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In classical mechanics, momentum (pl. momenta; SI unit kg·m/s, or, equivalently, N·s) is the product of the mass and velocity of an object (p = mv). It is sometimes referred to as linear momentum to distinguish it from the related subject of angular momentum. Linear momentum is a vector quantity, since it has a direction as well as a magnitude. Angular momentum is a pseudovector quantity because it gains an additional sign flip under an improper rotation. The total momentum of any group of objects remains the same unless outside forces act on the objects (law of conservation of momentum).

Momentum is a conserved quantity, meaning that the total momentum of any closed system (one not affected by external forces) cannot change. This law is also true in special relativity.

For lessons on the topic of Momentum, follow this link.

History of the concept

Mōmentum was not merely the motion, which was mōtus, but was the power residing in a moving object, captured by today's mathematical definitions. A mōtus, "movement", was a stage in any sort of change,[1] while velocitas, "swiftness", captured only speed. The Romans, handicapped by the limitations inherent in the Roman numeral system which lacks a symbol for zero, took these ideas no further.

The concept of momentum in classical mechanics was originated by a number of great thinkers and experimentalists. The first of these was Ibn Sina (Avicenna) circa 1000, during the Islamic Renaissance who referred to impetus as proportional to weight times velocity.[2] René Descartes later referred to momentum as mass times velocity and as the fundamental force of motion. This allowed Descartes to maintain that mass and velocity are fundamental and conserved, everywhere and all the time.[3] Galileo, later, in his Two New Sciences, used the Italian word "impeto."

The question has been much debated as to what Isaac Newton contributed to the concept. The answer is apparently nothing, except to state more fully and with better mathematics what was already known. Yet for scientists, this was the death knell for Aristotelian physics and supported other progressive scientific theories (i.e., Kepler's laws of planetary motion). Conceptually, the first and second of Newton's Laws of Motion had already been stated by John Wallis in his 1670 work, Mechanica sive De Motu, Tractatus Geometricus: "the initial state of the body, either of rest or of motion, will persist" and "If the force is greater than the resistance, motion will result".[4] Wallis uses momentum and vis for force.

Newton's Philosophiæ Naturalis Principia Mathematica, when it was first published in 1686, showed a similar casting around for words to use for the mathematical momentum. His Definition II[5] defines quantitas motus, "quantity of motion", as "arising from the velocity and quantity of matter conjointly", which identifies it as momentum.[6] Thus when in Law II he refers to mutatio motus, "change of motion", being proportional to the force impressed, he is generally taken to mean momentum and not motion.[7]

It remained only to assign a standard term to the quantity of motion. The first use of "momentum" in its proper mathematical sense is not clear but by the time of Jenning's Miscellanea in 1721, four years before the final edition of Newton's Principia Mathematica, momentum M or "quantity of motion" was being defined for students as "a rectangle", the product of Q and V where Q is "quantity of material" and V is "velocity", s/t.[8]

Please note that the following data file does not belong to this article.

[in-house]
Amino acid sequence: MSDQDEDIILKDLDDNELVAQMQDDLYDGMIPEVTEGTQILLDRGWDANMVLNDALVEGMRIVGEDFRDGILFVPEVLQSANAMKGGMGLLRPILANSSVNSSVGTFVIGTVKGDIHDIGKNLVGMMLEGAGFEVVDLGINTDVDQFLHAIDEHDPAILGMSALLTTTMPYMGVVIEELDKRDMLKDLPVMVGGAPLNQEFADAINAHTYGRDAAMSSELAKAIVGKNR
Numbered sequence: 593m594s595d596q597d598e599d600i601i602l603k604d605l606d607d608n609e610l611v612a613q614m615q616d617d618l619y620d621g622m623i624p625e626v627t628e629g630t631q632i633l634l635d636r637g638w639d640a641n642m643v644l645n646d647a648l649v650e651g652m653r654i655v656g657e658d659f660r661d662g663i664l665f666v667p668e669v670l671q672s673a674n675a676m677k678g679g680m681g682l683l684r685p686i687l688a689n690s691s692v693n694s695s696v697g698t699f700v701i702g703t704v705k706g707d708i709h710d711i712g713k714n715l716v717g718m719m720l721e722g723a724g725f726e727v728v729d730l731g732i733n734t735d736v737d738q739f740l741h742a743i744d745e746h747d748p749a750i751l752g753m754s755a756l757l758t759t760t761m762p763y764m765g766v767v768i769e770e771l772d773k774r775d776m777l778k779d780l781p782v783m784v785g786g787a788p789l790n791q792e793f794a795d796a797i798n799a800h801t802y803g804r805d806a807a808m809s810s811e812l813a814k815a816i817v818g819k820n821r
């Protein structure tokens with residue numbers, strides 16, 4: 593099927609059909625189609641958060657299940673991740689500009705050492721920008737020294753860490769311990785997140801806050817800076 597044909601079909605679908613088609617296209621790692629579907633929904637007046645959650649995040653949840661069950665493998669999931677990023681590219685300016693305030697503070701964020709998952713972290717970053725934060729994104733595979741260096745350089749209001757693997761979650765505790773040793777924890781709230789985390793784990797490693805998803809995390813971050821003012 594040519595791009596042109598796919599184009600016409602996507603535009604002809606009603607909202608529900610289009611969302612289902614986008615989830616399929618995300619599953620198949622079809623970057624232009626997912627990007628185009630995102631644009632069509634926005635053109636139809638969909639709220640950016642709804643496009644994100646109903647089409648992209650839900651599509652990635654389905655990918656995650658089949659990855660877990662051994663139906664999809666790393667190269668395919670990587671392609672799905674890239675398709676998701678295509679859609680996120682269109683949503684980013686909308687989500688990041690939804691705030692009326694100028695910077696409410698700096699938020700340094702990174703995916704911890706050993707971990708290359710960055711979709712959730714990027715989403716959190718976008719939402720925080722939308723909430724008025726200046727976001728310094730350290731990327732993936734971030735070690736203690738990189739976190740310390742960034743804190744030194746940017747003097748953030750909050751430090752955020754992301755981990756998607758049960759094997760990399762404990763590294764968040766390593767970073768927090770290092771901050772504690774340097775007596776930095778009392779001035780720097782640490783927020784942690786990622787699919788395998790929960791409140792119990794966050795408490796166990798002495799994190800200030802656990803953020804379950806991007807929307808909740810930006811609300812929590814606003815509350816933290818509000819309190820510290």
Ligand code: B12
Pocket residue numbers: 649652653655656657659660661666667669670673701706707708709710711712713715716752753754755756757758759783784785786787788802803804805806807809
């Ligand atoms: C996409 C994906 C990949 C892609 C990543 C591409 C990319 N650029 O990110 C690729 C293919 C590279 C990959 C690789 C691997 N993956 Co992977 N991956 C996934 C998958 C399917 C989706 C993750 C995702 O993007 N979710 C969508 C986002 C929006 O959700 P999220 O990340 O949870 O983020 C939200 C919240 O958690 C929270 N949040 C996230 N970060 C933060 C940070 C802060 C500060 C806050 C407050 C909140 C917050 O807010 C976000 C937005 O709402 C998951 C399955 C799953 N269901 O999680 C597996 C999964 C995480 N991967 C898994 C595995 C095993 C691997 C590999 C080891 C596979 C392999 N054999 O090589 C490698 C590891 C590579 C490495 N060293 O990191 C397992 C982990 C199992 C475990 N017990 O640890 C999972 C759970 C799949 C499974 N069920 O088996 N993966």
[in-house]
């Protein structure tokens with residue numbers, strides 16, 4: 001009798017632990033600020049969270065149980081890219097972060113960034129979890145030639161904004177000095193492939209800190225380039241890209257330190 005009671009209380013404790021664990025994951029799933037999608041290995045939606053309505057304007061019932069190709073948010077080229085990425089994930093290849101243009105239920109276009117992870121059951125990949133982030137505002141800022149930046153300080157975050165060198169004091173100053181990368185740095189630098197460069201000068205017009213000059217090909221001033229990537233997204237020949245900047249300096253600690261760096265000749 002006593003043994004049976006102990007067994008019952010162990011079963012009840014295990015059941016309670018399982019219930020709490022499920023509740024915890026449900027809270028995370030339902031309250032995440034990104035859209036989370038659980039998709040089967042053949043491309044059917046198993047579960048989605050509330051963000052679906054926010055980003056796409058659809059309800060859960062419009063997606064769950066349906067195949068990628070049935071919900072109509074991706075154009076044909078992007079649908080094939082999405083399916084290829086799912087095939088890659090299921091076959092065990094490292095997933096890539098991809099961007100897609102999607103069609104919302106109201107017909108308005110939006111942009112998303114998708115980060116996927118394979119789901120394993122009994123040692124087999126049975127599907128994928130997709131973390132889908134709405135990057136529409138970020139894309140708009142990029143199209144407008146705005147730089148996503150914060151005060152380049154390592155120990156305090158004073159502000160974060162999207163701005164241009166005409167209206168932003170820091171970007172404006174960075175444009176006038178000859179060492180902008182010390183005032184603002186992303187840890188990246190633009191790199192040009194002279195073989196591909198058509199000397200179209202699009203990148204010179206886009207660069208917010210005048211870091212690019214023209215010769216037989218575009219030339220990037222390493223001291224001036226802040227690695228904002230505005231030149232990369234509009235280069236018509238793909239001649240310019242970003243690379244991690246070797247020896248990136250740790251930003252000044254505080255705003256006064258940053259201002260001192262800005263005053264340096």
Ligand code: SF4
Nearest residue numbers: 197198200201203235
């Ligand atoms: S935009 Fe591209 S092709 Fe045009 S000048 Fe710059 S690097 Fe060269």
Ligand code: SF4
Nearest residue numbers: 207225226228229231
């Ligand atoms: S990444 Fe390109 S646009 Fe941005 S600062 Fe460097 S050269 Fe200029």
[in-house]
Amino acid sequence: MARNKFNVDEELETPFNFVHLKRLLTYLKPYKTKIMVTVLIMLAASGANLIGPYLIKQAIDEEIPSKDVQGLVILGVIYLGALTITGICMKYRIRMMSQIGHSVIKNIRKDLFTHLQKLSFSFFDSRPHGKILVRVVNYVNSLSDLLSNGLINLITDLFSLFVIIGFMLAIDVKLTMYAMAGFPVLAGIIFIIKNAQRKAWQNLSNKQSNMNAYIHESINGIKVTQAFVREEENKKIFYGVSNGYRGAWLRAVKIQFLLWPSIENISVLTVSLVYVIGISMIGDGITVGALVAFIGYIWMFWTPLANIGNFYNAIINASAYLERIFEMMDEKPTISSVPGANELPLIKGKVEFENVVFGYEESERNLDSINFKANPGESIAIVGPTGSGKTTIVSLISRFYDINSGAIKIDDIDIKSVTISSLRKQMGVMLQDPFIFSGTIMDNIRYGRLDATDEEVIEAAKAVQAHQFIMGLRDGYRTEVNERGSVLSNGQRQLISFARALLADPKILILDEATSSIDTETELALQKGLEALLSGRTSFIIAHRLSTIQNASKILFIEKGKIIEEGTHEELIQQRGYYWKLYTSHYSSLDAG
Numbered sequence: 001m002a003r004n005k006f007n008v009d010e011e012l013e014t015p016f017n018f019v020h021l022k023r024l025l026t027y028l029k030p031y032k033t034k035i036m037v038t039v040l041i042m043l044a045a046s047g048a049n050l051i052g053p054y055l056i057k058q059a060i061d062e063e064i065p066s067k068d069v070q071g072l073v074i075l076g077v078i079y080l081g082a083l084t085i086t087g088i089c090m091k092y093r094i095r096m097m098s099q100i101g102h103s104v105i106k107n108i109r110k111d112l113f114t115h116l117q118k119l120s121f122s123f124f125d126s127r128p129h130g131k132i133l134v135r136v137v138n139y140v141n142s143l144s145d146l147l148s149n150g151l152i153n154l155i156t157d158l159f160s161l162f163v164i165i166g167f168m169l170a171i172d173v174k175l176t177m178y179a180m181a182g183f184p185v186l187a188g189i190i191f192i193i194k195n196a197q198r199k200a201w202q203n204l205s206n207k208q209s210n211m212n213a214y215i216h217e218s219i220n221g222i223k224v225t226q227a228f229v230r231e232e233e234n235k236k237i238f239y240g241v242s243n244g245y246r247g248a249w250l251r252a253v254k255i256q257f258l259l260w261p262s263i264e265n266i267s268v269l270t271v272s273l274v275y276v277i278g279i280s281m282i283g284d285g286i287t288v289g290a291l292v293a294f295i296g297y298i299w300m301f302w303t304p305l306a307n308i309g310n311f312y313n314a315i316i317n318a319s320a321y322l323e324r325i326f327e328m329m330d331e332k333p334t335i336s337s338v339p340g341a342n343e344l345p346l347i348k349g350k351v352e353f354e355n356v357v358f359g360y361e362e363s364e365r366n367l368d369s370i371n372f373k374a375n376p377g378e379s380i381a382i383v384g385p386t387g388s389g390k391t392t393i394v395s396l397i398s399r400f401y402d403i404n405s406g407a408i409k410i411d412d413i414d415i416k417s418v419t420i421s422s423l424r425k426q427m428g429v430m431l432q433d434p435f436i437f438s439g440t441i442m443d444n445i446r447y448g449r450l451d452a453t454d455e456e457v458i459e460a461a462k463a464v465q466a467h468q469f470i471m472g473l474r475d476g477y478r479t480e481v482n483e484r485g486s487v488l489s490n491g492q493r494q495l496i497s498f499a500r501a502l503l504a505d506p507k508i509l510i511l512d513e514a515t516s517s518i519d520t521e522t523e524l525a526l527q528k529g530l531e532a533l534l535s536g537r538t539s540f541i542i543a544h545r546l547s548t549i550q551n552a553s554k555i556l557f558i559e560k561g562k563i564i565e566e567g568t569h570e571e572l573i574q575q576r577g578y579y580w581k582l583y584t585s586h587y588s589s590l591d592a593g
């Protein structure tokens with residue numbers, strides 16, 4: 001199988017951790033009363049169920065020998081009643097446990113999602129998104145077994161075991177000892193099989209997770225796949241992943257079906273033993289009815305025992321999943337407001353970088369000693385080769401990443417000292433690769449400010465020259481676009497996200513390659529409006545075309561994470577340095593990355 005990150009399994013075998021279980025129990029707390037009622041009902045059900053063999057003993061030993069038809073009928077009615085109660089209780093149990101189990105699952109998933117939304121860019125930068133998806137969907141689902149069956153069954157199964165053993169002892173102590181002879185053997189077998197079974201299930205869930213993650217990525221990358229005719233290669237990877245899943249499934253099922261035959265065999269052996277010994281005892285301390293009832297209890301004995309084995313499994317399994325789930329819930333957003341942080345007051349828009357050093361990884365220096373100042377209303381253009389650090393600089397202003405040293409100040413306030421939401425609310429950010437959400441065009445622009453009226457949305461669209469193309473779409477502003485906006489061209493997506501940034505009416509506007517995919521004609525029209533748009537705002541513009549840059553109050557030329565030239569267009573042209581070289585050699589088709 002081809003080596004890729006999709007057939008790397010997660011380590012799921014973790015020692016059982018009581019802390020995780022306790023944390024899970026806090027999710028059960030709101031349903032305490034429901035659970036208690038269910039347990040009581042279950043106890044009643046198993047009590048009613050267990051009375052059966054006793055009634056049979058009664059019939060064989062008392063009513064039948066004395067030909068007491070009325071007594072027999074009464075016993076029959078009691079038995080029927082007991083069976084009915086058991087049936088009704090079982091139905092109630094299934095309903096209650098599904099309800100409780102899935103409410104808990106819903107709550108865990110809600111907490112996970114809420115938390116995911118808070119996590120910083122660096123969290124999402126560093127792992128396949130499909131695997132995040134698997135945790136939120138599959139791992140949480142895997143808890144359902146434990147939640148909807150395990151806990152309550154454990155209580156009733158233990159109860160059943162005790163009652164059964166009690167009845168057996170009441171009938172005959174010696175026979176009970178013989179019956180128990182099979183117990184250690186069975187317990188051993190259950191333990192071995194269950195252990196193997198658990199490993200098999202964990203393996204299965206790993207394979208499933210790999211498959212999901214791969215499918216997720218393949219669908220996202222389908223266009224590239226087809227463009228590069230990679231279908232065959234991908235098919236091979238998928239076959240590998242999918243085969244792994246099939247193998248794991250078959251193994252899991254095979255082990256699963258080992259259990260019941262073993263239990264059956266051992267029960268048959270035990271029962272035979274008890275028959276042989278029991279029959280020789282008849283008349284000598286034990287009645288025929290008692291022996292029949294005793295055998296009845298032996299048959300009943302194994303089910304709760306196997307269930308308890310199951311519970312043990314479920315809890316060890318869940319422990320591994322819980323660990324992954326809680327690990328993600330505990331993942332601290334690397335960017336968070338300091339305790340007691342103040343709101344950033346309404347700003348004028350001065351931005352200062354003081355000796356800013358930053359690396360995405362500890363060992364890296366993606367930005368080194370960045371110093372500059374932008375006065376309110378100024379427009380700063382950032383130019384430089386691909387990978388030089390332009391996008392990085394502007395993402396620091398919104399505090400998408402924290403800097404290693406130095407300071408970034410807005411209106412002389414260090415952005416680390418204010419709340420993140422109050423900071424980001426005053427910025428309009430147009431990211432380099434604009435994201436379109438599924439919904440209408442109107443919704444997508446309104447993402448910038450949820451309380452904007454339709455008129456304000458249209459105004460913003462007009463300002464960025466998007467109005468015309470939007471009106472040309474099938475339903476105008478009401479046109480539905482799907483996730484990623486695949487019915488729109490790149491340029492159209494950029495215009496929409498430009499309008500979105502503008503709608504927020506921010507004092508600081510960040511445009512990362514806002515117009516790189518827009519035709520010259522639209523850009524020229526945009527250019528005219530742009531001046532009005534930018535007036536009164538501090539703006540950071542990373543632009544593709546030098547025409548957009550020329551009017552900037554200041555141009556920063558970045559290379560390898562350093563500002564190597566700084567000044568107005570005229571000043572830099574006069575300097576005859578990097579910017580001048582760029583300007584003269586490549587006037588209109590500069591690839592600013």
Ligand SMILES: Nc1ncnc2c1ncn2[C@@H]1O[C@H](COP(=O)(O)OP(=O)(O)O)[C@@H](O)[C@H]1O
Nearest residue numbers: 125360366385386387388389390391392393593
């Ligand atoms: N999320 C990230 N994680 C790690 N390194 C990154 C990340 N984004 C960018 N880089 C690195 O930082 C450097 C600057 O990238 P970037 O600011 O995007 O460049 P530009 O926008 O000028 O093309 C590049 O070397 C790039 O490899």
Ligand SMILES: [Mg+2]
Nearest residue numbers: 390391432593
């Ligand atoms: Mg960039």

Some languages, such as French and Italian, still lack a single term for momentum, and use a phrase such as the literal translation of "quantity of motion".[1]


  1. Lewis, Charleton T.; Charles Short. "mōtus" (html). A Latin Dictionary. Tufts University: The Perseus Project. Retrieved 2008-02-15.
  2. A. Sayili (1987), "Ibn Sīnā and Buridan on the Motion of the Projectile", Annals of the New York Academy of Sciences 500 (1), p. 477–482:

"Thus he considered impetus as proportional to weight times velocity. Avicenna was later to be given the title of the father of momentum. In other words, his conception of impetus comes very close to the concept of momentum of Newtonian mechanics."

  1. The Story of "Acts Upon", from Dr. Larry Gladney's Physics lecture notes, University of Pennsylvania.
  2. Scott, J.F. (1981). The Mathematical Work of John Wallis, D.D., F.R.S.. Chelsea Publishing Company. pp. 111. ISBN 0828403147.
  3. Newton placed his definitions up front as did Wallis, with whom Newton can hardly fail to have been familiar.
  4. Grimsehl, Ernst; Leonard Ary Woodward, Translator (1932). A Textbook of Physics. London, Glasgow: Blackie & Son limited. pp. 78.
  5. Rescigno, Aldo (2003). Foundation of Pharmacokinetics. New York: Kluwer Academic/Plenum Publishers. pp. 19.
  6. Jennings, John (1721). Miscellanea in Usum Juventutis Academicae. Northampton: R. Aikes & G. Dicey. pp. 67


  • Halliday, David; Robert Resnick (1960-2007). Fundamentals of Physics. John Wiley & Sons. Chapter 9.
  • Serway, Raymond; Jewett, John (2003). Physics for Scientists and Engineers (6 ed.). Brooks Cole. ISBN 0-534-40842-7
  • Stenger, Victor J. (2000). Timeless Reality: Symmetry, Simplicity, and Multiple Universes. Prometheus Books. Chpt. 12 in particular.
  • Tipler, Paul (1998). Physics for Scientists and Engineers: Vol. 1: Mechanics, Oscillations and Waves, Thermodynamics (4th ed.). W. H. Freeman. ISBN 1-57259-492-6
  • 'H C Verma' 'Concepts of Physics, Part 1' 'Bharti Bhawan'

For numericals refer 'IE Irodov','Problems in General Physics'

  • Hand, Louis N.; Finch, Janet D.. Analytical Mechanics. Cambridge University Press. Chapter 4.

External links